Most of these stories are familiar to me as someone who follows Rustad’s work, but having them together in one book puts their shared traits into greater focus. Unapologetically being full of queer and trans characters is one of these traits, as is an intense sense of longing and loyalty, and the use of suns and other really bright lights to signify evil. So is a sheer density of invention that reminds me of Catherynne M. Valente or Yoon Ha Lee:

But let’s say you don’t get eaten by the roses. The circle you find yourself in next is a lightless tower that goes downward and never up. Chains spun from hanged men’s gurgles crisscross the stairs that don’t really exist. Beware of the ivy along the walls, for it grows on memory, until your mind is choked and full of leaves, and roots dig out through your skin and you forget why you came, and you sit there forever, and forever, and forever, and…

As for autism, Rustad’s writing isn’t as focused on this aspect of their identity as on their gender or sexuality. But a few stories do have autistic characters. I’ve previously reviewed “Iron Aria” and “Under Wine-Bright Seas” here, both of which are good stories with trans protagonists who read as autistic and have expressive speech difficulties.

A third story with an arguably autistic protagonist is the collection’s final entry, “How to Become a Robot in 12 Easy Steps”. The protagonist of this story, Tesla, both falls in love with a robot and longs to become one themself. They express their feelings through lists, some of which make it clear to me that Tesla isn’t neurotypical:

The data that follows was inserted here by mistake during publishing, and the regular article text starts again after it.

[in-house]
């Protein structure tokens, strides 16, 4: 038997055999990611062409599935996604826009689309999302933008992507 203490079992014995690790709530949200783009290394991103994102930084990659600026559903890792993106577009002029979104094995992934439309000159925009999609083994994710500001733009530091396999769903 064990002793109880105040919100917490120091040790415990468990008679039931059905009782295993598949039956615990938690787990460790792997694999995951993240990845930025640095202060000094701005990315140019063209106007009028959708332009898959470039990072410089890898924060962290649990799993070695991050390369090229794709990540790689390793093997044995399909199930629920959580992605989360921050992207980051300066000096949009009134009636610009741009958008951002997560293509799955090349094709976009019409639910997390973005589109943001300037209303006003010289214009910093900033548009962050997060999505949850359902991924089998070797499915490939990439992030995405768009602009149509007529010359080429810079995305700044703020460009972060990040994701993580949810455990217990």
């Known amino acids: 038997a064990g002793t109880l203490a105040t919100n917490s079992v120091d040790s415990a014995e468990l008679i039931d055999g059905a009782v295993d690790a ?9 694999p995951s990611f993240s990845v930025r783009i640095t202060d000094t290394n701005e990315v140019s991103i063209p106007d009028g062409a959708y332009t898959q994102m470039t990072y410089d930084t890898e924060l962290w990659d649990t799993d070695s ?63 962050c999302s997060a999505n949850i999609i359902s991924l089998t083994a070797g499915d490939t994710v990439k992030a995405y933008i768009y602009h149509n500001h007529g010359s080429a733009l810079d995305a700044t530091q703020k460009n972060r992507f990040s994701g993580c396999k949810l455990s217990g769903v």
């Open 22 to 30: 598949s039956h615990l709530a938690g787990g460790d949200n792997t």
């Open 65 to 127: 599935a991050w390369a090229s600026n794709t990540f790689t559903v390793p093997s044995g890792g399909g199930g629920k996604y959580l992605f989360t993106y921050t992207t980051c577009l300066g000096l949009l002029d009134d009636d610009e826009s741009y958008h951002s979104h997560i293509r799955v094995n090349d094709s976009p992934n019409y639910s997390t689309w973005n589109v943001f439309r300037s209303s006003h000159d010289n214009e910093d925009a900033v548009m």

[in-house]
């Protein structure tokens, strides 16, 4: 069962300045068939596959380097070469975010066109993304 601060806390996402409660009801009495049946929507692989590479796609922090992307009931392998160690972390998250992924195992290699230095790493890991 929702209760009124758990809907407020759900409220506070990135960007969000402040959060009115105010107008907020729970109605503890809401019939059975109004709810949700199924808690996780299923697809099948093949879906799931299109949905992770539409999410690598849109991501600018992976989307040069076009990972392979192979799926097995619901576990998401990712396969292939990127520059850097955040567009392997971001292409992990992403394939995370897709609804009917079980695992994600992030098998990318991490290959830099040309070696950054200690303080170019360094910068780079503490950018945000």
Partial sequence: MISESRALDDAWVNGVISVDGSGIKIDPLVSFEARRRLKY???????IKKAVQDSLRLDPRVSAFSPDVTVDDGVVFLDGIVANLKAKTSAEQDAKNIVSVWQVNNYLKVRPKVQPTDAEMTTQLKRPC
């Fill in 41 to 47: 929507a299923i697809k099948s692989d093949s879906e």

1. 1. Pretend you are not a robot. This is hard, and you have been working at it for twenty-three years. You are like Data, except in reverse.
    2. (There are missing protocols in your head. You don’t know why you were born biologically or why there are pieces missing, and you do not really understand how human interaction functions. Sometimes you can fake it. Sometimes people even believe you when you do. You never believe yourself.)

I feel guilty claiming Tesla as an autistic character when “How to Become a Robot in 12 Easy Steps” is so emphatically about other things. But it’s a deeply moving story about identity, dysphoria, depression, validation, and community, and it’s easily my favorite in the whole collection.

Overall, this is a very strong collection of stories that go well together. If you like what you’ve seen of A. Merc Rustad’s work online, you should definitely pick it up.

The Verdict: Recommended-2

Ethics Statement: A. Merc Rustad is someone I consider a personal friend. I asked them for a review copy and received a physical copy of their book from the publisher for free. All opinions expressed here are my own.

This novella was not chosen by my Patreon backers; I read it because I was excited enough about it to read it on my own time. Reviews chosen by my backers are still in the pipeline, and you can become a backer for as little as $1 if you’d like to help choose the next autistic book.

For a list of past/future/possible Autistic Book Party books, click here.

How to fix the disability representation in “Wonder Woman”